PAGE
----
What’s a Google?
However there are many folks out there who blissfully spend their time productively since they have trouble understanding the internet. In my experience it usually comes down to an issue of jargon – I mean if someone never explained in detail to you what a browser is, how the heck are you supposed to know how to change it?
To that end I’ve included below a set of definitions and metaphors that I use to help explain the internet to the people in my life who I think are being too productive. Next time you need to explain the internet or browsers or any of that stuff to someone you can try using these ideas.
Or if you are one of those productive people who don’t feel as confident with the internet: Welcome! But you should probably stop reading because once you start using the internet, you never really get things done ever again.
Websites and Web Pages
Let’s start by thinking about the internet as a big city. Every city is made up of lots of buildings right? Let’s say web pages are those buildings.
Every screen you see on the internet is a web page. Those web pages are organized into websites. Websites are a collection of web pages that are all connected. (For instance a company website has a bunch of web pages about the company). A website is is like a street of the internet city and the web pages are the different buildings on the street.
This is the program that lets you go onto the internet. It’s the thing/icon you would click on your computer if you wanted to access the internet. If the internet is a big city then the browser is your car that allows you to drive along the streets of the internet, visiting the different buildings or web pages. There are a number of different kinds of browsers and I’ve listed them below:
Internet Explorer – The old truck of browsers. Slow, guzzles gas, and while it might be comforting you should probably upgrade.
Safari – The run down sedan for Mac users. Better than Internet Explorer but you know in your heart you can do better.
Mozilla Firefox – The fancy pickup truck of browsers. Fast and can be loaded with lots of extra features (Jacked up, grills etc.) to make it super useful for the folks who create websites.
Google Chrome – The luxury car of browsers. Pretty fast, user friendly, and the browser we suggest for Inclusion by IBEX. (Debatably faster than Firefox in the long run.)
Opera, Maxthon, etc. – Yeah, there are more browsers out there but if you are looking these ones up then you, or the person you are teaching, probably doesn’t need this tutorial.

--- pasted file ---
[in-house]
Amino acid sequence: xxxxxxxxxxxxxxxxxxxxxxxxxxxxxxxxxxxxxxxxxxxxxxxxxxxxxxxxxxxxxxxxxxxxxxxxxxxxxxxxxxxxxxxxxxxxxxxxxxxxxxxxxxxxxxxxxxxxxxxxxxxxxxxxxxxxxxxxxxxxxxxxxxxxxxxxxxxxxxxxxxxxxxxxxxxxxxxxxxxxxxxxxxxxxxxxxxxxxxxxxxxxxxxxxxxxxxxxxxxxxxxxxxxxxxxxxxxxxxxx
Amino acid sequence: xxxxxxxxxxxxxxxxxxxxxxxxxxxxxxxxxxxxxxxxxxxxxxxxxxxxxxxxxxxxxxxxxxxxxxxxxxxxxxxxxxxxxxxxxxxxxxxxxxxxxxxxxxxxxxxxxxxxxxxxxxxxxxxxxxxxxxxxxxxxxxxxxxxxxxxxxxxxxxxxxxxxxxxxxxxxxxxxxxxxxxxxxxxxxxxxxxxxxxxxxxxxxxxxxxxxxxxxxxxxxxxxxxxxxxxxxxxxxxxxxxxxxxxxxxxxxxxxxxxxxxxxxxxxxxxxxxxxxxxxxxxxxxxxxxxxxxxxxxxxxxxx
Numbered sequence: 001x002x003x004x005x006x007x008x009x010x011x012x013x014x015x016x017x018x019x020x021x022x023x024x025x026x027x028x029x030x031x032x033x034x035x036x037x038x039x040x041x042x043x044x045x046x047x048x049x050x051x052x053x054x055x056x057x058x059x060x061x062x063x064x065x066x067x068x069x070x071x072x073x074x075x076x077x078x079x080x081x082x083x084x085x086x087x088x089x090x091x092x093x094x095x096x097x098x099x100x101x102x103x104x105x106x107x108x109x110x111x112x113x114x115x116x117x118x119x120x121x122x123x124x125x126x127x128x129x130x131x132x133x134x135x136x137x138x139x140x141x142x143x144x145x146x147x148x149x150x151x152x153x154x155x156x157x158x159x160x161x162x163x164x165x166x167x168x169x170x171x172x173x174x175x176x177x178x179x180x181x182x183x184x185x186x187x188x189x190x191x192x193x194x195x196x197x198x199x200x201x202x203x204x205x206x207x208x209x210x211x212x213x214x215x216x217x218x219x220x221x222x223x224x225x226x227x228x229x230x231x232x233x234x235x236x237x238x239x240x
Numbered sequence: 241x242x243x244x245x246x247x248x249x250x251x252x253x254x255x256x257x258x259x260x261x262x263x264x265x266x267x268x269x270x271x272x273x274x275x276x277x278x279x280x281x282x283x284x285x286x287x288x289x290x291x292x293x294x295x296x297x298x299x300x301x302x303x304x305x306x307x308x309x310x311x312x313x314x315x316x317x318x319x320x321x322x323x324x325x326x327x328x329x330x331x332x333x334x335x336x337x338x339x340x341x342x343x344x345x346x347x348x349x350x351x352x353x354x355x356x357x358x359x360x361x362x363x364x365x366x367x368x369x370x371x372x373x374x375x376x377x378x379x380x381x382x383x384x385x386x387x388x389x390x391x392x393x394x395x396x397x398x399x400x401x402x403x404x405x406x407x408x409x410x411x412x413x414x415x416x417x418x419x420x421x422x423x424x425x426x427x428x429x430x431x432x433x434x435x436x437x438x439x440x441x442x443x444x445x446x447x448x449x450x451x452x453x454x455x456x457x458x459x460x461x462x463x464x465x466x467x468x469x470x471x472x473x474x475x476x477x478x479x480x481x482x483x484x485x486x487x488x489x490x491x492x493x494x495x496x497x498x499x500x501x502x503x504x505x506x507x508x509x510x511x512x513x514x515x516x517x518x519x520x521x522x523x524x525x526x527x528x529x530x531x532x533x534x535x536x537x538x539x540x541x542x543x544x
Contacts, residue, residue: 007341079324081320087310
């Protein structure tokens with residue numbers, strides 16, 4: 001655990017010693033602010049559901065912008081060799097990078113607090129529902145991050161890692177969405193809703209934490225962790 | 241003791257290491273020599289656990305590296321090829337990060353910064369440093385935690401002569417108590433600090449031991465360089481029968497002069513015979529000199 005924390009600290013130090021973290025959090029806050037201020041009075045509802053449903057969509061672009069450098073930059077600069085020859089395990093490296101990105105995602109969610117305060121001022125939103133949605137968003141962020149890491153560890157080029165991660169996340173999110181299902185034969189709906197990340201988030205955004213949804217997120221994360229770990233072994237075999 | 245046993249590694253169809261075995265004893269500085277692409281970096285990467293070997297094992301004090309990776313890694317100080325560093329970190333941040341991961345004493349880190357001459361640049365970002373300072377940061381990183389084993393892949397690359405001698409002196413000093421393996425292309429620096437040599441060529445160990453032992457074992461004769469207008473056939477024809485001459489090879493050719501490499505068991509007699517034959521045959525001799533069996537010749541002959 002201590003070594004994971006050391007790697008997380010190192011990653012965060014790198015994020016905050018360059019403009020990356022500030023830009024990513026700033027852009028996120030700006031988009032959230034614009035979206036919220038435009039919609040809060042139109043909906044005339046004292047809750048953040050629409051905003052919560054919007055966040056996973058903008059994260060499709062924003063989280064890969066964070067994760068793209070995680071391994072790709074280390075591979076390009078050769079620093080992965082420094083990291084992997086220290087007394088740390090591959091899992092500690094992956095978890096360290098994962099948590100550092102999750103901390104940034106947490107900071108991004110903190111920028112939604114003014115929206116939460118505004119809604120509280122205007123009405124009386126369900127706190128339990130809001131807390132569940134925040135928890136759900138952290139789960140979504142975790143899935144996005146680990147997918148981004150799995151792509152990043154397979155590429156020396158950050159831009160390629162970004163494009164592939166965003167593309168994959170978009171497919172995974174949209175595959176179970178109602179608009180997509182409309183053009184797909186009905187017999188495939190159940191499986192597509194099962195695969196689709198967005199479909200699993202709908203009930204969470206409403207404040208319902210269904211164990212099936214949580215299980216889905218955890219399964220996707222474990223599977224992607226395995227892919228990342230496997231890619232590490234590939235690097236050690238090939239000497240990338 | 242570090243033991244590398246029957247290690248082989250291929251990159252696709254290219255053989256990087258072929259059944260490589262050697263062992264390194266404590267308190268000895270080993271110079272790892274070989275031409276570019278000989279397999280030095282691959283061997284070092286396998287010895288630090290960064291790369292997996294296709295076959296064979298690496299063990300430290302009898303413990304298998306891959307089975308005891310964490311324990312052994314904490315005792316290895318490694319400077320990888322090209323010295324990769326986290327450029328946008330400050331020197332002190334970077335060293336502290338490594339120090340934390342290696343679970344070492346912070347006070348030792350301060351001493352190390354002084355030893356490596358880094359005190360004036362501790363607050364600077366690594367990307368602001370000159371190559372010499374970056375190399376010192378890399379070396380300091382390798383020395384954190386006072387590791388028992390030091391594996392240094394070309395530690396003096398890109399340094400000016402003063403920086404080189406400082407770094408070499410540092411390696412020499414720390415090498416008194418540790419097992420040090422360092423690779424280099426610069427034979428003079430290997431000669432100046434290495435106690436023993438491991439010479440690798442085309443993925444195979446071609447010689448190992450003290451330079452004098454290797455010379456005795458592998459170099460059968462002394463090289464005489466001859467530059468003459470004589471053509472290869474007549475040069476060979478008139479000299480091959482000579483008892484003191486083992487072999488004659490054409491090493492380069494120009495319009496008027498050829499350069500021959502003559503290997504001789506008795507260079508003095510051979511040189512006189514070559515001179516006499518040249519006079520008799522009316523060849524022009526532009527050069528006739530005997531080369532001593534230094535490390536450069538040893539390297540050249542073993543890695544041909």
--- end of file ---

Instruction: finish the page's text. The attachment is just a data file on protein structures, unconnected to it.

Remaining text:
How do I know which browser I’m using? – If you aren’t sure, that generally means you are using Internet Explorer. It’s the regular browser that comes pre-installed for most computers.
Another good way to identify your browser is to think about what button you clicked on to start your browser. You can see from the chart below which browser you are using based on what button you clicked on.
If you want to change your browser that might get you into some more advanced waters than we are going for in this article but here’s a ‘link’ (We’ll explain those next time, click it and it will drive your browser to a new web page.) to where you can download Google Chrome. Follow the instructions and you should do just fine.
Driving Your Browser
Now since every browser is different the controls are slightly different (Like the windshield wipers in American vs. Japanese cars) however like cars there are some basic functions that every browser has.
- Going Backwards – Browsers are pretty smart cars. They remember the last web page you drove to before you drove to the one you are at currently. If you ever want to go backwards and head to the last web page you were at just look to the top of the screen, find the arrow that points left, and click it.
- And Forwards – Notice that after you go backwards you can then click the arrow pointing to the right. That button lets you go forward through your route. So if you clicked back once, a forward click would return you to the page you clicked back from.
- URL Bar – That white bar at the top of your screen. First though, we should explain what a URL is…
It’s an acronym for Uniform Resource Locator. Yeah I dunno.
Basically the URL is the name for the code address of a specific web page. If the internet is a city, then every web page is a house and thus has an address in the city. The URL is that address. Every browser has a white bar at the top that shows the address of the current page you are on. Right now your browser white bar should say www.ibexinclusion.ca/blog/whats-a-google/, since that’s the address of this post.
When you put a new address or URL in that bar (Say someone gives you a web page URL) and press enter the browser will drive to that new address and show you the web page at that address.
That’s probably enough jargon for the new drivers on a first pass. To be honest though, I haven’t even scratched the surface (I didn’t even get a chance to talk about what a Google is, for crying out loud!). But fear not: there will be a part two to this post where I promise to expand my metaphors to navigating the web. Stay tuned folks!
Follow us on .